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This pagan conception of hades, or the place of the dead, as modified by the Jews, is described by the noted historian Josephus, who notes particularly that it is a place of darkness.

Josephus, writing merely as a historian, says :

“Hades is a place in the world not regularly finished, a subterraneous region wherein the light of this world does not shine; from which circumstance, that in this region the light does not shine, it cannot be but there must be in it perpetual darkness. This region is allotted as a place of custody for souls. . . . There is one descent into this region. The just are guided to the right hand, and are led with hymns sung by the angels appointed over that place unto a region of light, in which the just have dwelt from the beginning of the world. . . This place we call the Bosom of Abraham.

“But as to the unjust, they are dragged by force to the left hand by the angels allotted for punishment, no longer going with a good will, but as prisoners driven by violence. Now, those angels that are set over these souls, drag them into the neighborhood of hell itself; who, when they are hard by it, continually hear the noise of it, and do not stand clear of the hot vapor itself; . and not only so, but where they see the place of the fathers and of the just, even hereby are tliey punished; for a chaos deep and large is fixed between them; insomuch that a just man that hath compassion upon them cannot be admitted, nor can one that is unjust, if he were bold enough to attempt it, pass over it.”

The reader will have no difficulty in tracing the connection between this Jewish picture of hades and the Egyptian and Persian superstitions of the under world. It is evident therefore from whence our Lord drew the materials for this parable. He enforced the teaching which they had treated with derision, not by appealing to conditions as He knew them to exist, but to the condition of the dead as the Pharisees understood it. Thus by an argumentum ad hominem He at once stripped those men of their self-righteousness, and brought them face to face with the very terrors which they themselves believed the future to hold for the poor and despised of earth.

And then in conclusion, in response to the request which for that purpose He Himself had attributed to the rich man, namely, that Lazarus might be sent to warn his five brethren, our Lord refers His hearers to Moses and the prophets.

But had they believed Moses and the prophets, instead of accepting even a modification of heathen mythology, they would have been free both from the danger of hell fire and from such crude and fanciful notions of the abode and condition of the dead. Moses and the prophets taught no such theories concerning the condition and place of the dead. The idea is utterly unreconcilable with any consistent view that may be taken of the nature of man and of his condition in death.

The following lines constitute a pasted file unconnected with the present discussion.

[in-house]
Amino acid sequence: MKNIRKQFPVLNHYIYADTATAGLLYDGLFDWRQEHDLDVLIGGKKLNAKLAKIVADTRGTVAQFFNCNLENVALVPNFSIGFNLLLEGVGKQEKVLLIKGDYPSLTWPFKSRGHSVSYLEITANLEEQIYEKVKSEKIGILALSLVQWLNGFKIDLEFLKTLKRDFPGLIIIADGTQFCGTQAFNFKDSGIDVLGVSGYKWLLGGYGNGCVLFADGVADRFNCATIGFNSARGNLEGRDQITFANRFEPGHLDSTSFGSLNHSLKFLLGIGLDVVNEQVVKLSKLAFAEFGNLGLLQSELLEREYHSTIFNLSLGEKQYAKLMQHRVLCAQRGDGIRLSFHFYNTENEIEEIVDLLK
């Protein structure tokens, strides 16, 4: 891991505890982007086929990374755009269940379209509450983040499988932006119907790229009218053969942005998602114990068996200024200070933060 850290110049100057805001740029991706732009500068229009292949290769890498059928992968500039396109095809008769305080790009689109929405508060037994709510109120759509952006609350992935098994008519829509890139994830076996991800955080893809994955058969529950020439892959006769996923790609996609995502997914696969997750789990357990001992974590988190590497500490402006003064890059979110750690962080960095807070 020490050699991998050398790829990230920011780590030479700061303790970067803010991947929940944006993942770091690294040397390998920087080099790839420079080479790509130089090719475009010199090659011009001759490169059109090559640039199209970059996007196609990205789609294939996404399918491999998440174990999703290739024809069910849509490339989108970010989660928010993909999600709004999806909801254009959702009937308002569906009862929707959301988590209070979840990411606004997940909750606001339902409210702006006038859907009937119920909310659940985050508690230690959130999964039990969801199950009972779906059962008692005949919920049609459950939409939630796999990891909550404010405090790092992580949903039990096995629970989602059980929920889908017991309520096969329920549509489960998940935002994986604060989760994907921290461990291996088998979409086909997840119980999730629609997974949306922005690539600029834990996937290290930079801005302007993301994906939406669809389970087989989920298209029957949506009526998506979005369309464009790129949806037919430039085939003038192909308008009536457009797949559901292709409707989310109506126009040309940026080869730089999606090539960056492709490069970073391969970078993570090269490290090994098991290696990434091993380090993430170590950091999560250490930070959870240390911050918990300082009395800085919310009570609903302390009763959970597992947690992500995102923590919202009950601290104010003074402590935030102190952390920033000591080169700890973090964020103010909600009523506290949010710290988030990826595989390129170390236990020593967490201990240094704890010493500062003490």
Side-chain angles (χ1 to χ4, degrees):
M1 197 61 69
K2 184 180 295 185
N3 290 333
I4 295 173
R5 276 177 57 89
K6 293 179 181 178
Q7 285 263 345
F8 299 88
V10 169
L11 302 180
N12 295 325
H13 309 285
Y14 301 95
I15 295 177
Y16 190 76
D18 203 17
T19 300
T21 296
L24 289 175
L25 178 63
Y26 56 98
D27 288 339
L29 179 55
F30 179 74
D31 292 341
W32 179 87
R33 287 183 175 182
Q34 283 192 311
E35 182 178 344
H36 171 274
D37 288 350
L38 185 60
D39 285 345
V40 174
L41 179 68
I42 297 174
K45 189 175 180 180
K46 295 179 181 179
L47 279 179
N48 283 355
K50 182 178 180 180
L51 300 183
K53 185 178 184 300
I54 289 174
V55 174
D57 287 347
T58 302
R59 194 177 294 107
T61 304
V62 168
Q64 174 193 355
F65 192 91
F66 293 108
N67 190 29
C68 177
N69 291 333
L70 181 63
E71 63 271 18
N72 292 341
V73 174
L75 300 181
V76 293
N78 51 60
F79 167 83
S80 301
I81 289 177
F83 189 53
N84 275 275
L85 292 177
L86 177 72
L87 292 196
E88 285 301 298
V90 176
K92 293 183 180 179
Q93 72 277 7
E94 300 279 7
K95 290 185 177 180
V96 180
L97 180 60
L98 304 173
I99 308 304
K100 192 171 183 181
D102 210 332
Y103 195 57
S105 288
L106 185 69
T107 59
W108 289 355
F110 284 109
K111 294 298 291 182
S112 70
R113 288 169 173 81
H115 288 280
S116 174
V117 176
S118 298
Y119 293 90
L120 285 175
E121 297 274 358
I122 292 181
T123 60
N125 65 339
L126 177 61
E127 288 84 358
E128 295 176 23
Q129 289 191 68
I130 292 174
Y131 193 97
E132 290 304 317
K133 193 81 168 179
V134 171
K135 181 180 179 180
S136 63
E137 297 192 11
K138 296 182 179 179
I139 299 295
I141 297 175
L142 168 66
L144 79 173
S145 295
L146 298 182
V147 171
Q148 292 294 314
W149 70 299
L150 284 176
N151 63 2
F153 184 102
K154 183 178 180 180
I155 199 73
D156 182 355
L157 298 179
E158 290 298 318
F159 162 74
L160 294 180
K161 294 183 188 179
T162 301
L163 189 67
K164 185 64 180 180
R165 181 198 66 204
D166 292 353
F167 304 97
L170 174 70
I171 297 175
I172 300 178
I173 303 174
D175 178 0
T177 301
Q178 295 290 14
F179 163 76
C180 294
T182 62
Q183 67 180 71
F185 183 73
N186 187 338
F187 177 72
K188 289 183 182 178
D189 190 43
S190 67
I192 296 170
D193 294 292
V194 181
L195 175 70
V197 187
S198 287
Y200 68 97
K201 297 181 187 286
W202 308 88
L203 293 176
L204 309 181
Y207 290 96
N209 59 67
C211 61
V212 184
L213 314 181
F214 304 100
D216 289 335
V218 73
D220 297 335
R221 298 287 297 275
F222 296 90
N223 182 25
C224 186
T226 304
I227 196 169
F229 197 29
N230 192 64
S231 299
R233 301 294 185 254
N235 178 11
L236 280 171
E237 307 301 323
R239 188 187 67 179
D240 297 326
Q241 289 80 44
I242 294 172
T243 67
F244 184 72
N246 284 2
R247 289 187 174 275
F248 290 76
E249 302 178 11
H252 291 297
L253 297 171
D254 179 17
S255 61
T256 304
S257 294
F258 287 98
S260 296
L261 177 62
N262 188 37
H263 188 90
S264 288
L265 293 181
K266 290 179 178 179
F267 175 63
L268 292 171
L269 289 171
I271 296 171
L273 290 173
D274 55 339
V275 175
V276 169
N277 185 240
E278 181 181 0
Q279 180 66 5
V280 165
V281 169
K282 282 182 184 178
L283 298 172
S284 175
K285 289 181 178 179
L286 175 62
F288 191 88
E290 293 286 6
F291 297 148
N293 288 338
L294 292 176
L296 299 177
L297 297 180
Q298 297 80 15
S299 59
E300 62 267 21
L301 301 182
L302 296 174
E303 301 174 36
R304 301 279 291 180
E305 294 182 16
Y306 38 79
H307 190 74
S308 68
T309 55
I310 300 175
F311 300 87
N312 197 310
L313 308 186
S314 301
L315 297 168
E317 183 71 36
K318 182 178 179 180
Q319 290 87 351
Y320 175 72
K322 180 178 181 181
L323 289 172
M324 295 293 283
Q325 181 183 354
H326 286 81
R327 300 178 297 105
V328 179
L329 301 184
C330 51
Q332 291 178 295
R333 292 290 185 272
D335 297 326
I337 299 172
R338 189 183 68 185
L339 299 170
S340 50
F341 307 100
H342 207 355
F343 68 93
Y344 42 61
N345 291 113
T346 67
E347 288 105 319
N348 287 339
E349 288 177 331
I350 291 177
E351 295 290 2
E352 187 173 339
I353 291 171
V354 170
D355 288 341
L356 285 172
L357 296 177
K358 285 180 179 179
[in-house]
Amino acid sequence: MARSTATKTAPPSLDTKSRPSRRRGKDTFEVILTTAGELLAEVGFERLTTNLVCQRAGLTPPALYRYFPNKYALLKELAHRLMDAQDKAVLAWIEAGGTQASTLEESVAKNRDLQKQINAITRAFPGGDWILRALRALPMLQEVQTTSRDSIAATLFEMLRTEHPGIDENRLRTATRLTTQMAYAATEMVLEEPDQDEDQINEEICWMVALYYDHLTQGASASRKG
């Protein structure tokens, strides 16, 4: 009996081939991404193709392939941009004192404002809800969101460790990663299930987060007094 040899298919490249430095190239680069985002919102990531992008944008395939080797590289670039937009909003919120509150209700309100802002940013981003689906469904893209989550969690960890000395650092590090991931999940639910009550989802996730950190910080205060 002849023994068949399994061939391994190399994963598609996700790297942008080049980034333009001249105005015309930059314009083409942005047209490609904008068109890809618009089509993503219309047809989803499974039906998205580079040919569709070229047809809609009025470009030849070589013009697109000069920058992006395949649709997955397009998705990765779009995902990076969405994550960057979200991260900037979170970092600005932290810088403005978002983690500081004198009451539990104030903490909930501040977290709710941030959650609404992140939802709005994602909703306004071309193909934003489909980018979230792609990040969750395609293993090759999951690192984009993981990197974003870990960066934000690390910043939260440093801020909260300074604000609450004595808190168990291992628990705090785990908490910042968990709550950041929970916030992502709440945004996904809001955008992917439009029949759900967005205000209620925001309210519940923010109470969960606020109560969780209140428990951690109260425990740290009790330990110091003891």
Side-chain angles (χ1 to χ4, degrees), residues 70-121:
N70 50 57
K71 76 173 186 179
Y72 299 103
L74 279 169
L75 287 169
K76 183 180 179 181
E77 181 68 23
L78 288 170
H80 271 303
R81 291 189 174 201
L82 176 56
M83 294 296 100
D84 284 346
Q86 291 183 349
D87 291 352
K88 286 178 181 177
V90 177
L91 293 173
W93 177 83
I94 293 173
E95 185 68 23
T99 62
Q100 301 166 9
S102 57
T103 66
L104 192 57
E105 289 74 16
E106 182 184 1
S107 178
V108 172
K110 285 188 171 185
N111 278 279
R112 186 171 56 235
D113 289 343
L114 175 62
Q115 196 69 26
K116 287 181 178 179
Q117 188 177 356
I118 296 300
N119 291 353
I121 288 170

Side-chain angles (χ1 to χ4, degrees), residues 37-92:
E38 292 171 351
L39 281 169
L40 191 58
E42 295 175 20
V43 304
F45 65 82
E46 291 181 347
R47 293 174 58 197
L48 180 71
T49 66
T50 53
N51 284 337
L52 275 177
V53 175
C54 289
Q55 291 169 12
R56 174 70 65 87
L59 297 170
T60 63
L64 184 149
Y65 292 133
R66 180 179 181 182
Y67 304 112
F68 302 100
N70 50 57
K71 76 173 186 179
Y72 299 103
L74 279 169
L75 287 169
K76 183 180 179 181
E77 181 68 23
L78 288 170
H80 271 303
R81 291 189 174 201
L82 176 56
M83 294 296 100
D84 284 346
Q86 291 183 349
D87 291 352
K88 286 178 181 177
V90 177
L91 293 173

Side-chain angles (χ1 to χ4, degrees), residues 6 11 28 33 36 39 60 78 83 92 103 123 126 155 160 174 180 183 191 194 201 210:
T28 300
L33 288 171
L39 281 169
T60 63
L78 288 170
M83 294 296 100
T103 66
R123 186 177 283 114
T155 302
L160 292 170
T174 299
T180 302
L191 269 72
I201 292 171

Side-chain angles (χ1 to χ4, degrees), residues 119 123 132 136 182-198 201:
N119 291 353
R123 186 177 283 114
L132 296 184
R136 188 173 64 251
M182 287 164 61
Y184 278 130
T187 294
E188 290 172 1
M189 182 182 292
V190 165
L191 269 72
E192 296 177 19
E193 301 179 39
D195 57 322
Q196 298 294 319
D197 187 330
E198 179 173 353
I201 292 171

All agree that the entire material part of man goes at death into the grave and remains there until the resurrection. Even from the standpoint of those who believe thatat death a conscious entity called the soul leaves the body, it is an unthinkable thing that such a soul could be relieved of thirst by a drop of water received upon the tip of the finger of another such soul.

Instead of teaching any such contradictory and inconsistent idea of the state and place of the dead as that described by Josephus and in

the parable, our Saviour merely used this crude pagan conception of
the nether world as a means of rebuking both the covetousness of the
Pharisees and their neglect of the writings of Moses and the prophets,
which should have been to them the source of all appeal, the court of
last resort, the infallible instructor in

It is generally agreed that Moses The text regarding the rich maa

and Lazarus is without question a wrote the book of Job. But however that

parable. A parable is not given to may be, that book is universally regarded teach a doctrine, but to illustrate a by believers in the Bible as the work of truth. Upon this point we quote from

Dr. Clarke :inspiration. It was unquestionably writ

"Let it be remembered that by the ten not later than the time of Solomon, consent of all (except the basely inand before the paganism of Egypt and terested), no metaphor is ever to be Babylon had corrupted the minds and produced in proof of a doctrine. In

the things that concern our eternal manners of the Israelites as at a later

salvation, we need the most pointed period.

and express evidence on which to es

tablish the faith of our souls."- Note Job's friends argued that the amic

on Matt. 5:26. tions that had come upon him were an The following rule regarding paraevidence of God's displeasure against bles is laid down by Trench in his him for his wickedness. They said, “The

treatise on that suɔject :

The parables niay not be made triumphing of the wicked is short, and first sources of doctrine. Doctrines the joy of the hypocrite but for a moment.” otherwise and already grounded, may

be illustrated, or indeed further conSurely he shall not feel quietness in his

firmed by them, but it is not allowbelly, he shall not save that which he

able to constitute doctrine first by desired. The increase of his house shall their aid. They may be the outer ordepart, and his goods shall flow away in

namental fringe, but not the main

texture of the proof, For from the the day of His wrath.” Job 20:5, 20, 28. literal to the figurative, from the In the following chapter Job replies to

clearer to the more obscure, has ever

been recognized as the law of Scripthis, and shows that sometimes the wicked

ture interpretation. This rule, howprosper, that in death all are alike, and ever, has been often forgotten; and that the judgment of the wicked is in